Petraeus: Diplomacy, Not Force, With Iran

By Karen DeYoung
Washington Post Staff Writer
Thursday, May 22, 2008

Army Gen. David H. Petraeus, President Bush's nominee to lead U.S. forces in the Middle East and Central Asia, supports continued U.S. engagement with international and regional partners to find the right mix of diplomatic, economic and military leverage to address the challenges posed by Iran.

In written answers to questions posed by the Senate Armed Services Committee, where he will testify today, Petraeus said the possibility of military action against Iran should be retained as a "last resort." But he said the United States "should make every effort to engage by use of the whole of government, developing further leverage rather than simply targeting discrete threats."

Petraeus's views echoed those expressed by Defense Secretary Robert M. Gates, who this month said that talks with Iran could be useful if the right combination of incentives and pressures could be developed.

Despite President Bush's repeated commitment to diplomacy to resolve problems with Iran -- including its activities in Iraq, an alleged nuclear weapons program and support for terrorist groups -- some lawmakers and U.S. allies remain concerned that military action is being contemplated.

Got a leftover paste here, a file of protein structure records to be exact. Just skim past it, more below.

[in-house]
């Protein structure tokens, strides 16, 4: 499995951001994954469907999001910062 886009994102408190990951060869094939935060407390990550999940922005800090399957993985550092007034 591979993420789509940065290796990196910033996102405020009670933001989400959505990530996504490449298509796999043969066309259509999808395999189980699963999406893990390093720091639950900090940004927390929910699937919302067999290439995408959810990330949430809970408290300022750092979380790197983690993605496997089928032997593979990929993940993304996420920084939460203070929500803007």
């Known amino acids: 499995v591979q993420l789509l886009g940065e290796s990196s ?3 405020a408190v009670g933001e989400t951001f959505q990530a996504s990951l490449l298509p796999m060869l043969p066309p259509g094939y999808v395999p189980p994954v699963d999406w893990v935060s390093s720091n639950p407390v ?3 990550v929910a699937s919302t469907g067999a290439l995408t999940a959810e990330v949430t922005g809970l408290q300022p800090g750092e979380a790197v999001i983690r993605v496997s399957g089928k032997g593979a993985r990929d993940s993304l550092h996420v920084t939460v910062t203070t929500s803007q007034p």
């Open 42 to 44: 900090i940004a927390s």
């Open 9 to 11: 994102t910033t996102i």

Bush has nominated Petraeus, currently the top U.S. commander in Iraq, to take over the Tampa-based U.S. Central Command, whose area of responsibility extends from the Horn of Africa to Pakistan. Petraeus would replace Adm. William J. Fallon, who resigned this year amid reports that he questioned the administration's sharp focus on Iraq at the expense of Afghanistan and other conflicts.

Petraeus is to appear at today's confirmation hearing with Army Lt. Gen. Raymond T. Odierno, who served as his deputy in Iraq and has been nominated to replace him there. Petraeus's 46-page statement, a copy of which was obtained by The Washington Post, was prepared in response to Senate questions in advance of his committee appearance.

Asked to assess conditions and potential actions in Afghanistan, where U.S. and other NATO troops are battling the Taliban, and in the tribal regions of Pakistan where al-Qaeda's leadership is based, Petraeus said he could not devote full attention to those areas until he assumed his new command.

Petraeus's answers on Iraq reiterated much of his testimony last month. Asked what he thought were the "most significant mistakes the U.S. has made" in Iraq, his lengthy list included: erroneous prewar assumptions; a misplaced emphasis on early elections that resulted in "hardened sectarian positions"; slow adjustment of U.S. strategy to security challenges; failure to recognize the negative impact of the Iraqi government's slow political reconciliation; and U.S. misconduct at Abu Ghraib and elsewhere that "inflamed the insurgency and damaged the credibility of Coalition Forces in Iraq, in the region, and around the world."

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